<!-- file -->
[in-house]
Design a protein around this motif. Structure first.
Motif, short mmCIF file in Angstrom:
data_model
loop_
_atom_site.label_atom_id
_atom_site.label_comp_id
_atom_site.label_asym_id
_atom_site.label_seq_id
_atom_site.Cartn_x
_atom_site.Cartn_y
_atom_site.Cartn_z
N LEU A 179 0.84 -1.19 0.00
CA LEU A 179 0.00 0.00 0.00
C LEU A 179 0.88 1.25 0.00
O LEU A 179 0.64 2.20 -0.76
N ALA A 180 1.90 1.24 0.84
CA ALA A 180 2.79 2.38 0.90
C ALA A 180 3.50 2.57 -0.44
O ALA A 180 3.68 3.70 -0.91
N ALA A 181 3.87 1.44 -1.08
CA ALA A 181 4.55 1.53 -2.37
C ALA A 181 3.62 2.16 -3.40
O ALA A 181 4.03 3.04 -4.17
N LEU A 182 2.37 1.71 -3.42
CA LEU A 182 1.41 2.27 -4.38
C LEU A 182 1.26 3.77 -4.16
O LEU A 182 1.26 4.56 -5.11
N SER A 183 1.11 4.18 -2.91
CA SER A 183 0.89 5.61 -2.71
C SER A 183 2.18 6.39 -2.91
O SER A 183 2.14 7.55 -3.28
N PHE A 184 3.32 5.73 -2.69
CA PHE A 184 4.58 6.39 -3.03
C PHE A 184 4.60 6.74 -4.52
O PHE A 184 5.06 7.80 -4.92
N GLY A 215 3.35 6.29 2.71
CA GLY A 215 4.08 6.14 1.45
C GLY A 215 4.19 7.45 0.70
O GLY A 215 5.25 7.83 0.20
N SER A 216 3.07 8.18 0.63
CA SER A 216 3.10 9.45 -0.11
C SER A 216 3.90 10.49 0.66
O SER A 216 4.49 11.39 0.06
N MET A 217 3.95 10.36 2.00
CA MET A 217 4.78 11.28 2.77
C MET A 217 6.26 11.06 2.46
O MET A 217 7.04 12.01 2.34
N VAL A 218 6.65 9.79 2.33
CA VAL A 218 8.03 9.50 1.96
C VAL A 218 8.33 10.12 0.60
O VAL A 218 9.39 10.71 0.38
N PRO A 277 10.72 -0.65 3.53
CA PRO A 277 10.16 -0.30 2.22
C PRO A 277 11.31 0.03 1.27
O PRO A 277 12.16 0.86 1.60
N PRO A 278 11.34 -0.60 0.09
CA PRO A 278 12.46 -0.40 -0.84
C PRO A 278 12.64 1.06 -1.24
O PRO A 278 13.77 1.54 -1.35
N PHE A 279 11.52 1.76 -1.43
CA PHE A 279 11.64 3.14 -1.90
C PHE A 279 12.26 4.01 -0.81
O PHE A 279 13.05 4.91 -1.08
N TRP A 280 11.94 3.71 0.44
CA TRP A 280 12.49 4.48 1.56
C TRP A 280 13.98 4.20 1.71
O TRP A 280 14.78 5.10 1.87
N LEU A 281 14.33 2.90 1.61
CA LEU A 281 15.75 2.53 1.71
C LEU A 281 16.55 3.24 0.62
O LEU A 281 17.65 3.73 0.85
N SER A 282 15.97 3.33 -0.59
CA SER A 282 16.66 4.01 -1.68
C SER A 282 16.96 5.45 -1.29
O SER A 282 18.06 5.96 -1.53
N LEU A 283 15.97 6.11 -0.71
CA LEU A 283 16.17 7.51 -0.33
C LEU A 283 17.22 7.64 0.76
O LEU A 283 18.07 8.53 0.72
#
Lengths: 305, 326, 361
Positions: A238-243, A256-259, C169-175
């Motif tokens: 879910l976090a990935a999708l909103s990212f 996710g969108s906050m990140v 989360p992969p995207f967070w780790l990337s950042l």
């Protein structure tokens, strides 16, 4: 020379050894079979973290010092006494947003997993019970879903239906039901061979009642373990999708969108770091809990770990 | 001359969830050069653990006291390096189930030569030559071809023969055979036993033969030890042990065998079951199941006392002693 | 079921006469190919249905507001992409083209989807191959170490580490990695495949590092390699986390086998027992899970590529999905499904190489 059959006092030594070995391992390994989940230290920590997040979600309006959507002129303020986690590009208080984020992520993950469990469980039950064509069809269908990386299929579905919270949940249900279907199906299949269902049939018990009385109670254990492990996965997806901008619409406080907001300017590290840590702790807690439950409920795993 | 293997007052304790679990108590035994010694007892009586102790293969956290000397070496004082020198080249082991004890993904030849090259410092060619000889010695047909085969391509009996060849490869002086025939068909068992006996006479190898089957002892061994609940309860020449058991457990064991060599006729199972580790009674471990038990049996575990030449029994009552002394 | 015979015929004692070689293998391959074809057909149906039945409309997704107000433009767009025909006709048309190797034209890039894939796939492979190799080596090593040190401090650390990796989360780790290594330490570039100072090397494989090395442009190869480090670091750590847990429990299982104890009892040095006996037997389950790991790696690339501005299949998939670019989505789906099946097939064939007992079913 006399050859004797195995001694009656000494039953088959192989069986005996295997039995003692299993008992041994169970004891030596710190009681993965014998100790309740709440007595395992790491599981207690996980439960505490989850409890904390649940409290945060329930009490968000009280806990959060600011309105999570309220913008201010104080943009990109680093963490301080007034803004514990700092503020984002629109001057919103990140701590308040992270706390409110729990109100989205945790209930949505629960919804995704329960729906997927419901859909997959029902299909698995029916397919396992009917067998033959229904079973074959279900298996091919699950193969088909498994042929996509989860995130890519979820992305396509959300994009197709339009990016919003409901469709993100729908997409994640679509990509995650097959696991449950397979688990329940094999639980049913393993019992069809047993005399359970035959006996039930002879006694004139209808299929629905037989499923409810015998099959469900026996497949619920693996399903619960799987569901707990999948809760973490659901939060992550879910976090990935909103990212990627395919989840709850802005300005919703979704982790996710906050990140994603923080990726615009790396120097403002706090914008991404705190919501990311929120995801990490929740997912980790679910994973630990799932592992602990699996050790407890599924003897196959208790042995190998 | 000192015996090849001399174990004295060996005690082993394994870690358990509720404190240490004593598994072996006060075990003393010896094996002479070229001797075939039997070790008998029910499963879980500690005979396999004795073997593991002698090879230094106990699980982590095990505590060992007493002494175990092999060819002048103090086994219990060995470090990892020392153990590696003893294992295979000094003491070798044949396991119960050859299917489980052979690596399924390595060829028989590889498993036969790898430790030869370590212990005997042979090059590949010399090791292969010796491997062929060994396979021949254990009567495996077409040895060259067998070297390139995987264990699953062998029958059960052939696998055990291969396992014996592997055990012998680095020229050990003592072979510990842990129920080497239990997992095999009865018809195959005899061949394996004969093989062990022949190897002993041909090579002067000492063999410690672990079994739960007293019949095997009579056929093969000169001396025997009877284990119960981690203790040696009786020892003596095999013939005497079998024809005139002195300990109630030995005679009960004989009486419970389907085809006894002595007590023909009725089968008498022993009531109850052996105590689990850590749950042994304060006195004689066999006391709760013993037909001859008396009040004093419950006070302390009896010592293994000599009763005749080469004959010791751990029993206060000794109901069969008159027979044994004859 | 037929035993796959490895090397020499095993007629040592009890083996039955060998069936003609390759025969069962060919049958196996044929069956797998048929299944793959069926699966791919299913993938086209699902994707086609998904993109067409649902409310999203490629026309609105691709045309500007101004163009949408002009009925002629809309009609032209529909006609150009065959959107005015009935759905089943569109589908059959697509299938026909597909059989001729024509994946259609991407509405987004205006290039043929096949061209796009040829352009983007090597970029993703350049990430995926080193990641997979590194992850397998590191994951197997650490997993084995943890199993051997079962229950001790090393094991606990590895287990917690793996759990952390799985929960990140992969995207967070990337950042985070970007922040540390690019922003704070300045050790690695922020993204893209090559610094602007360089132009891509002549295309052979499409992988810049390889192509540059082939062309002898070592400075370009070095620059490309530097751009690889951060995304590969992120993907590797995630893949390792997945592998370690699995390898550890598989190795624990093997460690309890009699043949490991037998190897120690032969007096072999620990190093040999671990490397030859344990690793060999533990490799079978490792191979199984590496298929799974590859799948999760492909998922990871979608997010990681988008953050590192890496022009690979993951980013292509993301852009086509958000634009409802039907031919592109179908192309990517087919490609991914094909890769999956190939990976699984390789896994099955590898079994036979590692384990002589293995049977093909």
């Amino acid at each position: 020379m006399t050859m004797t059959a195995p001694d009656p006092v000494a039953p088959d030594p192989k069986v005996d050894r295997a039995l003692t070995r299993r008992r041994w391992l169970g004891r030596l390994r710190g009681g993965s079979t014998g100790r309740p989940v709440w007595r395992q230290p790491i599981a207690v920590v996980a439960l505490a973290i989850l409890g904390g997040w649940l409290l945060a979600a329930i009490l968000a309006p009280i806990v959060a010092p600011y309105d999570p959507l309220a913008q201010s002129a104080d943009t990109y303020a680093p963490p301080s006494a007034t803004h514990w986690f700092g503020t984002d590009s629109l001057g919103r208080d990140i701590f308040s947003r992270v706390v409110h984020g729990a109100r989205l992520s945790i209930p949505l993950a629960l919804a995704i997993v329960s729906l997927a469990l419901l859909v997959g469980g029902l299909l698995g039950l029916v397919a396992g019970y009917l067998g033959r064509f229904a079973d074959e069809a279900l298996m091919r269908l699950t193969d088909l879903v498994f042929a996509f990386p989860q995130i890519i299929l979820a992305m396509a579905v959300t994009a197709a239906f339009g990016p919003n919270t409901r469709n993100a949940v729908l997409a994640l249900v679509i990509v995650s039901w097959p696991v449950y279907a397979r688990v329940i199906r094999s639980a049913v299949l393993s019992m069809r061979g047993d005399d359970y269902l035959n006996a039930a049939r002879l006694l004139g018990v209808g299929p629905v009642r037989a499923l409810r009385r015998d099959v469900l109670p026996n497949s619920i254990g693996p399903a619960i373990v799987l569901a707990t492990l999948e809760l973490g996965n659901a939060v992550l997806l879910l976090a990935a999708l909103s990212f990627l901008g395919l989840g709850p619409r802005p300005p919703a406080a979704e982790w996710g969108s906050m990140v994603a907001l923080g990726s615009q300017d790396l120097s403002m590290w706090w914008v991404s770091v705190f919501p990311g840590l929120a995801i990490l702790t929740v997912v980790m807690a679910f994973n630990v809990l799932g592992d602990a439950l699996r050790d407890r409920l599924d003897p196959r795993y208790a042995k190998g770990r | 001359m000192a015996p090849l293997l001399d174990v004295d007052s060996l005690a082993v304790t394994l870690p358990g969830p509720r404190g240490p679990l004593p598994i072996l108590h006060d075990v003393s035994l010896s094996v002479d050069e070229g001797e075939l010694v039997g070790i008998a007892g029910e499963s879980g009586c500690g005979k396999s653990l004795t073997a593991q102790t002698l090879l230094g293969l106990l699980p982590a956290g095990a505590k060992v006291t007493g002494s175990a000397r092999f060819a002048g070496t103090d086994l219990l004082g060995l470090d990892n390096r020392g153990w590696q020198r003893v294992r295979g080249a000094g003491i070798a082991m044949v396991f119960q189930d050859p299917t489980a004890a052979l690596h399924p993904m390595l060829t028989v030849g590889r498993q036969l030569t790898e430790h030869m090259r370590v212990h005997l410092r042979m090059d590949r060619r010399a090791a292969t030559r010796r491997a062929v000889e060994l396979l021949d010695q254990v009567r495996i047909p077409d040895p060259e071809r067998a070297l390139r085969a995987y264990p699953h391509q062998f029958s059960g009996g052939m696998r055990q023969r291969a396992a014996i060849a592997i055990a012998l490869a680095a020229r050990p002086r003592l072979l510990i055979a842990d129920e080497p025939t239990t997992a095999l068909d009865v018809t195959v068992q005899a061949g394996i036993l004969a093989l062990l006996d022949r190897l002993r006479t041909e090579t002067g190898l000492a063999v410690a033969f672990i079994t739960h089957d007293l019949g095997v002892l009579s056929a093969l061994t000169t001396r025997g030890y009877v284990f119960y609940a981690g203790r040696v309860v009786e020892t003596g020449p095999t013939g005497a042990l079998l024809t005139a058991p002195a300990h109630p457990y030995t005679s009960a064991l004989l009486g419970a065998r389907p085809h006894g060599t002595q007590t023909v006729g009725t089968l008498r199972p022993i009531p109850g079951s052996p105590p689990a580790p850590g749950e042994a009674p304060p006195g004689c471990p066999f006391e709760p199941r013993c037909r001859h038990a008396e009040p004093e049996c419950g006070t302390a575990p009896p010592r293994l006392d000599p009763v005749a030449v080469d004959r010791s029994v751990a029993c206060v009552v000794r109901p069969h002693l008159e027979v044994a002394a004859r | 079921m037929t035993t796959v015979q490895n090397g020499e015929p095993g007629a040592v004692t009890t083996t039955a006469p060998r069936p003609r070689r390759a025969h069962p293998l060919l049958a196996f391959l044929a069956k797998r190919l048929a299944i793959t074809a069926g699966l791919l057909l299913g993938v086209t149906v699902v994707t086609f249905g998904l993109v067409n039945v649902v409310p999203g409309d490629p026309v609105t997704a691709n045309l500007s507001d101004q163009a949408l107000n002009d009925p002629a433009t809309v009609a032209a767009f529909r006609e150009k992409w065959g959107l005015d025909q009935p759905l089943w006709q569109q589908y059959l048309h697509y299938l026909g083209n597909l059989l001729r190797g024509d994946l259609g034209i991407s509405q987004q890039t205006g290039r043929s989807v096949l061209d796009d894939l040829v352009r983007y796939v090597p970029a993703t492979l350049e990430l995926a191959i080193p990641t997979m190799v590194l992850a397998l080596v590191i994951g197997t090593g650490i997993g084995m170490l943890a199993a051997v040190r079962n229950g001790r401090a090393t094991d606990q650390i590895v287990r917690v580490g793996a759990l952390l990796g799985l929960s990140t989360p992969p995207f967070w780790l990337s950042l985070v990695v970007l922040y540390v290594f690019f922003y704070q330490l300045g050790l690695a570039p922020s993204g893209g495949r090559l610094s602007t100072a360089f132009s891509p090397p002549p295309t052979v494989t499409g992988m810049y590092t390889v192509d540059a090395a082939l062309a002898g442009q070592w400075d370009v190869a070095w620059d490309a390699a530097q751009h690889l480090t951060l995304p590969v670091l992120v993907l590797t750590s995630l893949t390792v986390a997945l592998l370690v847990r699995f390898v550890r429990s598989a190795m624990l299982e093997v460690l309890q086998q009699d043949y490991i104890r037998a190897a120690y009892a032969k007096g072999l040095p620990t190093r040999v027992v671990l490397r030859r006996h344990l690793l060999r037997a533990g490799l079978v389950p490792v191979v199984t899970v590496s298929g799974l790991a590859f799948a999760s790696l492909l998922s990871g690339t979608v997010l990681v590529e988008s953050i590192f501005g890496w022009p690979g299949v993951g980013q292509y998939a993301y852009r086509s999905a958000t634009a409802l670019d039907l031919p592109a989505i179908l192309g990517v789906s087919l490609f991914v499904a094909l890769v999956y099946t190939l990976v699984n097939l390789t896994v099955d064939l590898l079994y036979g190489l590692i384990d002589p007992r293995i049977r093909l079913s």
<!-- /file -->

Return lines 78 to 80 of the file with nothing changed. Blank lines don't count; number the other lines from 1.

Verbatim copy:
CA LEU A 283 16.17 7.51 -0.33
C LEU A 283 17.22 7.64 0.76
O LEU A 283 18.07 8.53 0.72